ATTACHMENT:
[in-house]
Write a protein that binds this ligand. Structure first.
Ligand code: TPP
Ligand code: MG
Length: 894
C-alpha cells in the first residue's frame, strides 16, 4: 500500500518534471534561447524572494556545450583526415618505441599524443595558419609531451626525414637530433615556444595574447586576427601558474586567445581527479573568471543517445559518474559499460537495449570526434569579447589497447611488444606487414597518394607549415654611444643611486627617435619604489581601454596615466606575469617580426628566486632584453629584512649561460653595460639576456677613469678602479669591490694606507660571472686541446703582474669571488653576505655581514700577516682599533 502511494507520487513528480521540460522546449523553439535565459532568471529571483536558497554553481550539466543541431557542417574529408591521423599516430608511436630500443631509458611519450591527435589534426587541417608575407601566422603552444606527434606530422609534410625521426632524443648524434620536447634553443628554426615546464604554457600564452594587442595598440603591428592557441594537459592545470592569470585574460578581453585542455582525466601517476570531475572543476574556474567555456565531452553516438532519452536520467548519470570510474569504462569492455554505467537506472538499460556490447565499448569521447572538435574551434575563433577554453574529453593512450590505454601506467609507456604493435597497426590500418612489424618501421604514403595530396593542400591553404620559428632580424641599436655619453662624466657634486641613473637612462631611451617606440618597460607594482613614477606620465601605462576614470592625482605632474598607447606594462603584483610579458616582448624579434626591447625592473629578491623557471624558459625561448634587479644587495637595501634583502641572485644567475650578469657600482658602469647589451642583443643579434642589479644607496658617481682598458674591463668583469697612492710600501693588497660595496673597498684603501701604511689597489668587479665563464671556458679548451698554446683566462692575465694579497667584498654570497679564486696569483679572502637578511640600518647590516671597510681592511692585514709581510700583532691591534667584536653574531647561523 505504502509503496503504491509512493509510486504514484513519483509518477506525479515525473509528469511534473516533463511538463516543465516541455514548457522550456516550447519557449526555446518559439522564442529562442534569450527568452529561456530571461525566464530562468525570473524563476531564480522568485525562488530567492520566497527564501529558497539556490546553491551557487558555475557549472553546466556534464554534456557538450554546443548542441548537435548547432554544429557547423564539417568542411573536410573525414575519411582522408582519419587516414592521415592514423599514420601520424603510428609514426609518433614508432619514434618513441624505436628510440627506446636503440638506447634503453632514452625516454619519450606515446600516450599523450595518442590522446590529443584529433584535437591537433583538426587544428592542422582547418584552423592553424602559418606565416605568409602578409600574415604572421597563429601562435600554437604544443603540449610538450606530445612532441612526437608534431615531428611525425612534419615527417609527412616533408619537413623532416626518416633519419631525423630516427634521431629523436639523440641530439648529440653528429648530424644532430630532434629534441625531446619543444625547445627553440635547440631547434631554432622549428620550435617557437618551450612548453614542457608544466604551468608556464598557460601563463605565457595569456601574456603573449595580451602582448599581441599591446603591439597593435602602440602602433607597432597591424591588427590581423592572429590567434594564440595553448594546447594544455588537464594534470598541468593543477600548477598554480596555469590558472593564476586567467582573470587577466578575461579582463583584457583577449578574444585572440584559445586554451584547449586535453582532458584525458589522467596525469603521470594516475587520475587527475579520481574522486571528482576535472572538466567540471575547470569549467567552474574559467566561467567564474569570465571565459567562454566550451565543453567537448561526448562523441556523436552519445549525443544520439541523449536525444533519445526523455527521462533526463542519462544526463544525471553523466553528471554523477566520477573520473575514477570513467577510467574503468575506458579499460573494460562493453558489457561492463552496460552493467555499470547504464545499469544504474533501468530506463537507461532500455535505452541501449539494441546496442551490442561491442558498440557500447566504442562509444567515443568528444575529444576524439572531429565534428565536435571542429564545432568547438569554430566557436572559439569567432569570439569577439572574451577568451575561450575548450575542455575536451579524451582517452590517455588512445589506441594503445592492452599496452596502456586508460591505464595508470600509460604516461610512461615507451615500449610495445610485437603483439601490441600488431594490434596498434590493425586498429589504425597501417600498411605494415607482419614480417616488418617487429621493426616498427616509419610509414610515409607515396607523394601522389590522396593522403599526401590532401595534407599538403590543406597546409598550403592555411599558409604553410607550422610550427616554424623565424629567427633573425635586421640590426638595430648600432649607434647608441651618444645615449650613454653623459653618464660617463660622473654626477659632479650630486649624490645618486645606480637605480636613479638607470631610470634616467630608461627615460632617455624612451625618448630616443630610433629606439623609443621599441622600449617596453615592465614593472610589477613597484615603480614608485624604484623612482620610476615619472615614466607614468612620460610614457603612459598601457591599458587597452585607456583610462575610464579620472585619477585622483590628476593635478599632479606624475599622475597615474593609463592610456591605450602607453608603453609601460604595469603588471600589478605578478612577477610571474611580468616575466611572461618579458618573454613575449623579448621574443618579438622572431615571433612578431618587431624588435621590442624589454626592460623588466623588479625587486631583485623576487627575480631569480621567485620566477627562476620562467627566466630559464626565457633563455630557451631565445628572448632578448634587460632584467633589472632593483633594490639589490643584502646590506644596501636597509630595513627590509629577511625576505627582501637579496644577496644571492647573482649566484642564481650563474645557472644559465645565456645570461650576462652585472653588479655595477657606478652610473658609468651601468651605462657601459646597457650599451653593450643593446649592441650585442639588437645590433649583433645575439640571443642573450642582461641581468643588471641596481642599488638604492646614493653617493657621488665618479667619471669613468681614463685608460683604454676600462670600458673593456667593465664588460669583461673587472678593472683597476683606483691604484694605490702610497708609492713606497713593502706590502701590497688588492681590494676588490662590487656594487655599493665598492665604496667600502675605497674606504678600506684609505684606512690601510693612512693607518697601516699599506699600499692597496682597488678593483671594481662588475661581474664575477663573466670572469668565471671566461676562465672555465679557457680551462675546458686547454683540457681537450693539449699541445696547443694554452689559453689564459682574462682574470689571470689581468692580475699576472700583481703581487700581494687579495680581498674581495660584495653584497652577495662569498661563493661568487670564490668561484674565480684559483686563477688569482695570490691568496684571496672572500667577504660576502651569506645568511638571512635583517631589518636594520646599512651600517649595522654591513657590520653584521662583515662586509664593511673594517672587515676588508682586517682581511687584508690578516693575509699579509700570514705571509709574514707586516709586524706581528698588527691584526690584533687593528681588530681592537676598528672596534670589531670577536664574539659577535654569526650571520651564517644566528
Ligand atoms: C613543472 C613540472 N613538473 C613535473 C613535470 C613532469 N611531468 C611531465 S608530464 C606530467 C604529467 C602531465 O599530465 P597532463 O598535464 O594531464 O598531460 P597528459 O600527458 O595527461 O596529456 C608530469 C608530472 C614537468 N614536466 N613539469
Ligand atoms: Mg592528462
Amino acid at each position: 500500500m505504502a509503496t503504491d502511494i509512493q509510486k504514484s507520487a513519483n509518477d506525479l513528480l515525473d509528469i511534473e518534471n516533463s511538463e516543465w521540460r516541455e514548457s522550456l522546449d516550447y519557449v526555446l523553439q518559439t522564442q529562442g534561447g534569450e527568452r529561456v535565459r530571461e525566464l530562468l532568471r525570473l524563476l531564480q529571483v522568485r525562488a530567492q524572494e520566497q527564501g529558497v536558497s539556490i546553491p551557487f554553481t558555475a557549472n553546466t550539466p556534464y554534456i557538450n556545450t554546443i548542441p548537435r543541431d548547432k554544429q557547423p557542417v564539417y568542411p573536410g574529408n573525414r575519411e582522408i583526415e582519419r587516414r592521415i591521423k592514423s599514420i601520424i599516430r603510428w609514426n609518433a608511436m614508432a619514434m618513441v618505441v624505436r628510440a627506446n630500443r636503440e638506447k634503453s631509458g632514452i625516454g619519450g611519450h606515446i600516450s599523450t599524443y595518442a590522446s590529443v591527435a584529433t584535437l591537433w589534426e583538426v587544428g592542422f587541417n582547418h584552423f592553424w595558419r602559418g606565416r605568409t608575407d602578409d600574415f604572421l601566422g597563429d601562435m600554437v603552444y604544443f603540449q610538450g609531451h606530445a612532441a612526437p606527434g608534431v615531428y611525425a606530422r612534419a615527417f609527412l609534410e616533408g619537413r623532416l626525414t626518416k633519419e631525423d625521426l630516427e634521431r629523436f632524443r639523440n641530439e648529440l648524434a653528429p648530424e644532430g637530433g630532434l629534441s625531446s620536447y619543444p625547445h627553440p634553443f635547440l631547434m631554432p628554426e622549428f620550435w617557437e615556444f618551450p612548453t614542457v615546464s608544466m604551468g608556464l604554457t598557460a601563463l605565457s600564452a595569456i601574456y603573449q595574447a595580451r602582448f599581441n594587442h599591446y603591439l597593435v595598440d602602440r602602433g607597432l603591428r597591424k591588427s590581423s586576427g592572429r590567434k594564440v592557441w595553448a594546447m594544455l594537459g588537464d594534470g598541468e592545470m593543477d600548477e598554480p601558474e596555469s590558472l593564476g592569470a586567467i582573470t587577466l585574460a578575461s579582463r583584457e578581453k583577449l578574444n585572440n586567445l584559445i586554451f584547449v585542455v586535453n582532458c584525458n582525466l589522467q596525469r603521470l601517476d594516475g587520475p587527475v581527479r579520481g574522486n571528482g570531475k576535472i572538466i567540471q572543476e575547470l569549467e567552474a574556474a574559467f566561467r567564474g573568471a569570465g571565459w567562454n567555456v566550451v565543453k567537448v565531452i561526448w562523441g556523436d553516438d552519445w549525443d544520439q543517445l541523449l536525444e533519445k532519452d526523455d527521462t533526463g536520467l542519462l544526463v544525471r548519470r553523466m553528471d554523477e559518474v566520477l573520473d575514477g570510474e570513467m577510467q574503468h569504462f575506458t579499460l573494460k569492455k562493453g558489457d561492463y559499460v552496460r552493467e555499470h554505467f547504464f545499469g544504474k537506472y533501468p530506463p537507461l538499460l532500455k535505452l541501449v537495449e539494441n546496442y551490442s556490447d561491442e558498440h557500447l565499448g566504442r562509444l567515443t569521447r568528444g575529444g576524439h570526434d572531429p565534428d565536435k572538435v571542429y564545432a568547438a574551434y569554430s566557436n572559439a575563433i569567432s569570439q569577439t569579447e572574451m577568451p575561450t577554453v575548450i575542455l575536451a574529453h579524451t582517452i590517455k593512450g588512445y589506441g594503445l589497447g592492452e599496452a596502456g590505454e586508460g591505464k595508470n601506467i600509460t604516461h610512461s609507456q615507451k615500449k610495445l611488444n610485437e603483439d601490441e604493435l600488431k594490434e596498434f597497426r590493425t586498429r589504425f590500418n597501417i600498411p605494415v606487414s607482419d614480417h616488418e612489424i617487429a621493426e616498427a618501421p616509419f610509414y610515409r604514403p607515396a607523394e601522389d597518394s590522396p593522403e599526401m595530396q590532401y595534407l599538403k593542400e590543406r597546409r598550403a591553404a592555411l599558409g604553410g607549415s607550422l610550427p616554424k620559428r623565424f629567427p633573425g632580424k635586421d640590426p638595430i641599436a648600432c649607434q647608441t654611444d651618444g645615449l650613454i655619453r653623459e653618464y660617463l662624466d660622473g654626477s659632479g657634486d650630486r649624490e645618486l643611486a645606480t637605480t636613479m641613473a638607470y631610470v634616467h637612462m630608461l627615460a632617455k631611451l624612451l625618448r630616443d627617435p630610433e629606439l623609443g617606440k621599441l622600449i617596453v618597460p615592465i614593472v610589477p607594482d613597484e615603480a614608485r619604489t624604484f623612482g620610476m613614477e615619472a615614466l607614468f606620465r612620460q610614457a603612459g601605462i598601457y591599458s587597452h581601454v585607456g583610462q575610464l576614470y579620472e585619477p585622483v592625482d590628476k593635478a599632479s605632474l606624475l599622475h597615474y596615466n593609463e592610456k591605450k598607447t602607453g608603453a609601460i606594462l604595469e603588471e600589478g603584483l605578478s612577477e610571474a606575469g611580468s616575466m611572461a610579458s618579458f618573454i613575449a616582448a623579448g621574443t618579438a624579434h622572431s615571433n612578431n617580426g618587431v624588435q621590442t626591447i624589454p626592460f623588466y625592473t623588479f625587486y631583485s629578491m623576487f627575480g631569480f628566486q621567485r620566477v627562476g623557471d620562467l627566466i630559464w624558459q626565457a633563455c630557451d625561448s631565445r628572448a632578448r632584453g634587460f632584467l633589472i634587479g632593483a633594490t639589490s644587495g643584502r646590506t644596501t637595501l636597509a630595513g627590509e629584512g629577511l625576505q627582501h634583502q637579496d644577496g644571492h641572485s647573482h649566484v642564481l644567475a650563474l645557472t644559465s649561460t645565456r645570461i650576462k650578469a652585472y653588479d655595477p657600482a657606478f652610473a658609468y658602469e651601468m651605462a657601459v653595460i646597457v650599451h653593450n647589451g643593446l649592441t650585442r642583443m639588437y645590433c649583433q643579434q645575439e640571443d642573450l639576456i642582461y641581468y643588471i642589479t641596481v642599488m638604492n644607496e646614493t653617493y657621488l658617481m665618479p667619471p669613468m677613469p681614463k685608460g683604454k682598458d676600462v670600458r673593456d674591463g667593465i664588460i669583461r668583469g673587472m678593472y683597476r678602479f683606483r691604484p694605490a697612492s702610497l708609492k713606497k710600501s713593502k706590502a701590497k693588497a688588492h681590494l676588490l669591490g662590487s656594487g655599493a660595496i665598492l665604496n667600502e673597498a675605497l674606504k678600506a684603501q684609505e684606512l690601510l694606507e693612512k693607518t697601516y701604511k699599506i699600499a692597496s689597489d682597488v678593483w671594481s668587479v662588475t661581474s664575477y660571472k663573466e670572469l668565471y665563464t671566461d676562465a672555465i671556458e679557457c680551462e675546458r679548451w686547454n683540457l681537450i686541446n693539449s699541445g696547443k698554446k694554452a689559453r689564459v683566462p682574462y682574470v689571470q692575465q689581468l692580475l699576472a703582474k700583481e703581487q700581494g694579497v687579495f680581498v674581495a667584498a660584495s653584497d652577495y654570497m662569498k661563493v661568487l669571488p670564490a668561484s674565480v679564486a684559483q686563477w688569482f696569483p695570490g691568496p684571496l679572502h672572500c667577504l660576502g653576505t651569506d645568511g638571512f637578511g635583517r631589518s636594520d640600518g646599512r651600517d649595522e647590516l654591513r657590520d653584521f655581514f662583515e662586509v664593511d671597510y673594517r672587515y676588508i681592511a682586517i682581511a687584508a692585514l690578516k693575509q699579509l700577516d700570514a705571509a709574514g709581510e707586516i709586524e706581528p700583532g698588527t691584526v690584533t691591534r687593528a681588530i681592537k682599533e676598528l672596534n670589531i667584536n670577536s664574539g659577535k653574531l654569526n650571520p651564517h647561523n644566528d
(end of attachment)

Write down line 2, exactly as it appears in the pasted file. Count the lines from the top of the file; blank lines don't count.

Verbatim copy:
Write a protein that binds this ligand. Structure first.